Honey beer is no new phenomenon. This drink, historically classified as braggot, is believed to have been around since the 12th century. Honey has been used in a myriad of beer styles to introduce a new realm of flavor, aroma, and mouthfeel into styles like the India Pale Ale, Kolsch, Blonde Ale, Saison, and more. What exactly is a honey beer, and what do the two have to do with each other?
Honey is a versatile ingredient, and it can be used in several types of specialty beers, such as honey wheat beer and honey pumpkin ales. But how does honey in beer change the taste and flavor of the drink? Continue reading for more on the history of honey beer, what it is, how it’s made, and the differences between it and other ancient drinks like mead.
- What is Honey Beer?
- What Is Braggot?
- The History Of Honey Beer
- Is Honey Beer Mead?
- Brewing With Honey
- Some Great Honey Beers
- Jester King Brewery Bière De Miel
- Lo Rez Brewing Bière De Miel
- Revolution Brewing Honey Jacket
- 3 Floyds Brewing Sköll
- Off Color Brewing Scurry
- New Belgium Honey Orange Tripel
- Bayou Teche Brewing Miel Sauvage Braggot
- Alvarium Beer Company Honey Shot NEIPA
- Icarus Brewing Milking It & Honey IPA
- Greenpoint Beer Milk and Honey American Blonde Ale
- Indeed Brewing Company Mexican Honey
- Belching Beaver Must Be The Honey! Blonde Ale
What is Honey Beer?
Honey and beer are no stranger to one another. The two make a great concoction that’s enjoyable in many different forms. Honey beer is sometimes called braggot: a type of beer-honey cocktail. Though there’s no set definition of braggot, it’s made by fermenting honey and malt together. In that case, braggot is the marriage of beer and mead.
Honey beer does not have to be a braggot. Honey can be added to any beer style, and it’s up to the brewer to decide what style works best with this special ingredient. Honey can be added directly into the wort during the boiling part of the brewing process (usually at the back end of the boil) or it can be added during secondary fermentation.
For all of you homebrewers out there: honey is fermentable, so limit your secondary fermentation honey additions and make sure fermentation has finished before bottling.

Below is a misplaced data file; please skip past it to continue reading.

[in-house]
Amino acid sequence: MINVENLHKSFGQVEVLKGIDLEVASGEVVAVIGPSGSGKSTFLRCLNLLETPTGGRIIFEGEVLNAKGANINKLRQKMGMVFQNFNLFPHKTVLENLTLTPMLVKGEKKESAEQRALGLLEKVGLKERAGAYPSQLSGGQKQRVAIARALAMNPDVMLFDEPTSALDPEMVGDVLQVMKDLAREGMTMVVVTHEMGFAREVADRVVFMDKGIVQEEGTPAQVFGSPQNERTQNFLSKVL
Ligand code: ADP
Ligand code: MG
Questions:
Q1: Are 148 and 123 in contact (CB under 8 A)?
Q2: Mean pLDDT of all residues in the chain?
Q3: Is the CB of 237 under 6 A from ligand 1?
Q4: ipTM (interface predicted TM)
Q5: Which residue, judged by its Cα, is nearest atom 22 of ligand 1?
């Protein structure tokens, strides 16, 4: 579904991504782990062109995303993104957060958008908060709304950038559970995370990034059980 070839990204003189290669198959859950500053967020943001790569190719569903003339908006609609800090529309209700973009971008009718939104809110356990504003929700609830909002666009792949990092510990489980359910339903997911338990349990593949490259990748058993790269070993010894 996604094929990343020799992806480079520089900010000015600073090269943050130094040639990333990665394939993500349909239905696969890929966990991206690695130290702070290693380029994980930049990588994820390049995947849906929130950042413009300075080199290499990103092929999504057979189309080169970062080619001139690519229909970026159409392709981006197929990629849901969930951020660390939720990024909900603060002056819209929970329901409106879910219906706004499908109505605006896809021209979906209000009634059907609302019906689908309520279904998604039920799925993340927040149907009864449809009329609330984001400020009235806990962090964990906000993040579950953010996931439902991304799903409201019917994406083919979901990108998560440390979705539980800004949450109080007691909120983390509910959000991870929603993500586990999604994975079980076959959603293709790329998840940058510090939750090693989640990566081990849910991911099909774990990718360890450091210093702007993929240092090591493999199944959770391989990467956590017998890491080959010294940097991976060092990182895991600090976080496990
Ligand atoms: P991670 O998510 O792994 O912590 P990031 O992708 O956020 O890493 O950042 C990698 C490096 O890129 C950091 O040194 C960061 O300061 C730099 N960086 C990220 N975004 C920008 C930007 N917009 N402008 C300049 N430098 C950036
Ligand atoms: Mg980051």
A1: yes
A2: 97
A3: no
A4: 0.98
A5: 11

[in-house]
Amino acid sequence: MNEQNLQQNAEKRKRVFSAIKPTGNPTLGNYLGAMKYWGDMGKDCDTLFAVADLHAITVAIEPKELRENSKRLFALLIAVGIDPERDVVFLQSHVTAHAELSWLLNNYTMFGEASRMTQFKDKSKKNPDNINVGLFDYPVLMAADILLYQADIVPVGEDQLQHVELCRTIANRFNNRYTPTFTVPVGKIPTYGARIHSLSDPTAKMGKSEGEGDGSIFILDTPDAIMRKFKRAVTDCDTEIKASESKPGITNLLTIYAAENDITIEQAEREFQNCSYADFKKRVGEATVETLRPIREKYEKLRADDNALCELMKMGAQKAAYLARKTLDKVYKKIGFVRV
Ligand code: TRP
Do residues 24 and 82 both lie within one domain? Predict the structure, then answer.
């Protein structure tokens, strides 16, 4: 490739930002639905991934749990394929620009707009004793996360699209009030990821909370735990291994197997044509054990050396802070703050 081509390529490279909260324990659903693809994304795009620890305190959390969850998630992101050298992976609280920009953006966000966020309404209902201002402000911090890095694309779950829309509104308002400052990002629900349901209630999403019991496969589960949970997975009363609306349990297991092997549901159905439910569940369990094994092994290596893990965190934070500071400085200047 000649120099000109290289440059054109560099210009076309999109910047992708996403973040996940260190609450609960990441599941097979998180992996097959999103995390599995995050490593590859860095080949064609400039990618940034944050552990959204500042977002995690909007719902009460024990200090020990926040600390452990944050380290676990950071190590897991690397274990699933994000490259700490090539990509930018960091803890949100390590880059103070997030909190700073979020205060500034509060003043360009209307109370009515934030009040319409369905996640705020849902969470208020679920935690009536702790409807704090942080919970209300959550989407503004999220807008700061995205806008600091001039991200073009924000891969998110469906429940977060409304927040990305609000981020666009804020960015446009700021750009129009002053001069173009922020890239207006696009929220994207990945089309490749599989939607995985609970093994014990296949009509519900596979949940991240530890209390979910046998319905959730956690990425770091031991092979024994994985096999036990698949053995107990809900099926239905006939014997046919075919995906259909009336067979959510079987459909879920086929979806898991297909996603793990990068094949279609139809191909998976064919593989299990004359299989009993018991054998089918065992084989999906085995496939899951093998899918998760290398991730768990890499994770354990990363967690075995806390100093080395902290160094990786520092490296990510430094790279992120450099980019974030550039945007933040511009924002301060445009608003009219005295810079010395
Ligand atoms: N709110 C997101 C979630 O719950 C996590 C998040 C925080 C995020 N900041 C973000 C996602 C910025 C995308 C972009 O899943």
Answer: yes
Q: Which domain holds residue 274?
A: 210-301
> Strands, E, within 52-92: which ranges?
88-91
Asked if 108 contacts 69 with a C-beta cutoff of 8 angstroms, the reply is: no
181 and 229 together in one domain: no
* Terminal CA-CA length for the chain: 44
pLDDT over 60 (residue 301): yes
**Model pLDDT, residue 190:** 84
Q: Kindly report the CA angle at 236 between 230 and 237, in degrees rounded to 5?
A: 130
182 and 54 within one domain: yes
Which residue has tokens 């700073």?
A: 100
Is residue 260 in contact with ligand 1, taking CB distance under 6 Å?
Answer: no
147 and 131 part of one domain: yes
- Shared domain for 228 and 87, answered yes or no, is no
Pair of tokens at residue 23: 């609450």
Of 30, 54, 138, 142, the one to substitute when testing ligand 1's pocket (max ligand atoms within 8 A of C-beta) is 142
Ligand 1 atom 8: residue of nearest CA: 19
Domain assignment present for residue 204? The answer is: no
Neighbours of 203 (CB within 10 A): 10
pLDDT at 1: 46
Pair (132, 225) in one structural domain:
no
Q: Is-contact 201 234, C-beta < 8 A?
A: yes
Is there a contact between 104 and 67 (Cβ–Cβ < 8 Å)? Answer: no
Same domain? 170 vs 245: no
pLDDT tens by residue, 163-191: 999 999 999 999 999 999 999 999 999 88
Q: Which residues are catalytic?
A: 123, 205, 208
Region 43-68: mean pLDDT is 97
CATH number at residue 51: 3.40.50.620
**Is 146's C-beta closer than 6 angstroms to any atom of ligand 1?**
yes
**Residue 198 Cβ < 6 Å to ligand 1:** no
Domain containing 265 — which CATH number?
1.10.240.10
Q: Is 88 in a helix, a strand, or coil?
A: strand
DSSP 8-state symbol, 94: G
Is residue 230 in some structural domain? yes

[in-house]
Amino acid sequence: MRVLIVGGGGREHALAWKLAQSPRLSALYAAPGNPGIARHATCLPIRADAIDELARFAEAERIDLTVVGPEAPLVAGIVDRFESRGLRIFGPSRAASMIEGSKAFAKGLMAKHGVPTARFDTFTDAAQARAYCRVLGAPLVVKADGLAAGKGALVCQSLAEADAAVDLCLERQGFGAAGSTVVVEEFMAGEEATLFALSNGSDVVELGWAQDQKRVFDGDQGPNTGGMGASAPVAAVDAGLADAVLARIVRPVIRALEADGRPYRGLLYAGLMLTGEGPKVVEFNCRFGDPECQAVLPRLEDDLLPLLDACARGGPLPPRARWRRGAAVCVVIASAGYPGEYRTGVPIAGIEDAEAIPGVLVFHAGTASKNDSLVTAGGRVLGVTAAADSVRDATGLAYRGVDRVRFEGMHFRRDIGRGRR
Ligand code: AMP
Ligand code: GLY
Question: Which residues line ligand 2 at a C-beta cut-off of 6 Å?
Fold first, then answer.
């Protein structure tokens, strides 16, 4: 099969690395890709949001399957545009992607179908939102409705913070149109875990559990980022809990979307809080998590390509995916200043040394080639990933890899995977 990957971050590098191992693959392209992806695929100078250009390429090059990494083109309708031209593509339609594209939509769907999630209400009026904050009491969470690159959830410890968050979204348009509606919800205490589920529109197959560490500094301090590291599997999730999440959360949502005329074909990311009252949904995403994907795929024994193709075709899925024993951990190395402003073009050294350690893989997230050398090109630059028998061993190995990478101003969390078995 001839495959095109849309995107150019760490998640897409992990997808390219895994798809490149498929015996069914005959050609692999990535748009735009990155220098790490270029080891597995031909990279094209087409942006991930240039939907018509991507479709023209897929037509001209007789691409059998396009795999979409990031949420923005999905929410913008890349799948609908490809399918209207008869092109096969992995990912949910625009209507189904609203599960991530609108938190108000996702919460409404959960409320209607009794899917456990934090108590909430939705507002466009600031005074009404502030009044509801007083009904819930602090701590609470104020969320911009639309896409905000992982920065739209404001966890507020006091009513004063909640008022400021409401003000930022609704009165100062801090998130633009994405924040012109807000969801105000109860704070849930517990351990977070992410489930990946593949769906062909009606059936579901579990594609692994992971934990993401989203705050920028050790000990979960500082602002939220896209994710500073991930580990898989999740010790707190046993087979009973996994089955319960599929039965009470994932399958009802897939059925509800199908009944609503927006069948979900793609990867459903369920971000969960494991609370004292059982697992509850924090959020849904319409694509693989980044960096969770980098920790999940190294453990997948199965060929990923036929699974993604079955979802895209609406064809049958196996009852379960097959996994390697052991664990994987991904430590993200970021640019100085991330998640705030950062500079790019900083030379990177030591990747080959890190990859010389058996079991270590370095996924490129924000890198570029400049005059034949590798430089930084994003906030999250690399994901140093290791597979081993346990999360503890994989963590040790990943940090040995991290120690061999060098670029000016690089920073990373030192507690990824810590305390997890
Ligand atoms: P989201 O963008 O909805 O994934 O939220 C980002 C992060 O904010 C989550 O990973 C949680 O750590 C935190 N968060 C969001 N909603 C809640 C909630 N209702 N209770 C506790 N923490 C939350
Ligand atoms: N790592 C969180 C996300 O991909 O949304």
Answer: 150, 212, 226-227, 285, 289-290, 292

Does Honey Even Go with Beer?
We here at TB have a difficult time imagining anything that doesn’t “go with beer”, but we get what you mean.
As brewers continue to push their limits in the world of beer, many different ingredients are used every day to find the next big thing. Honey has been used in beer since what historians say was the 12th century. Dating back centuries, honey is no stranger to beer, and it’s safe to say that it has stood the test of time.
Honey does go with beer. It does particularly well in IPAs and German Weiss beers. The added sweetness and mouthfeel make a big impact on these styles and implement a refined honey taste.
What Does Honey Beer Taste Like?
Honey beer should be a harmonious mixture of honey and malt. As such, a honey beer should be a balanced beer with prominent notes of honey on the nose and tongue. Since honey beer requires a base beer style, it will taste mostly like that style with additional notes of honey tacked on.
Some beer styles take over the flavor, and the honey addition isn’t as upfront. Honey beer is sweet and smooth from the honey’s texture. A lot of honey beers include herbs and spices in the recipe that partner with the sweetness to make intricate and complex profiles.
There are different honey types, such as wildflower honey and orange blossom honey, which are used to make honey beers. The type of honey and when it’s added to wort determine the honey beer’s taste. Depending on the type of honey used, a honey beer may evoke scents of cactus blooms, dandelions, citrusy flowers, and orange blossoms.
What Is Braggot?
Braggot is a honey and beer mixture. It’s brewed with honey and malted grains to produce what’s called braggot. Braggot has a strong honey and malt aroma that does not overpower each other. It’s relatively clear and tastes mostly like the base beer style used, with honey notes. A lot of beer styles have been experimented with to produce honey ales and lagers.
Are All Honey Beers Considered Braggots?
The Beer Judge Certification Program actually considers Braggots to be meads first with malt extract added. “A braggot is a mead made with both honey and malt providing flavor and fermentable extract. Originally, and alternatively, a mixture of mead and ale.”
Given the BJCP guidelines, you would be forgiven to think that you need to have at least 51% of your fermentable sugar sourced from honey. That is, “A mead with beer in it.” That said, the BJCP also states, “The fermentable sugars come from a balance of malt or malt extract and honey, although the specific balance is open to creative interpretation by brewers.”
BUT! One more caveat: “If any other ingredients than honey and beer are contained in the braggot, it should be entered as an Experimental Mead.” So if you are entering your beer into a homebrew competition, you need to be careful.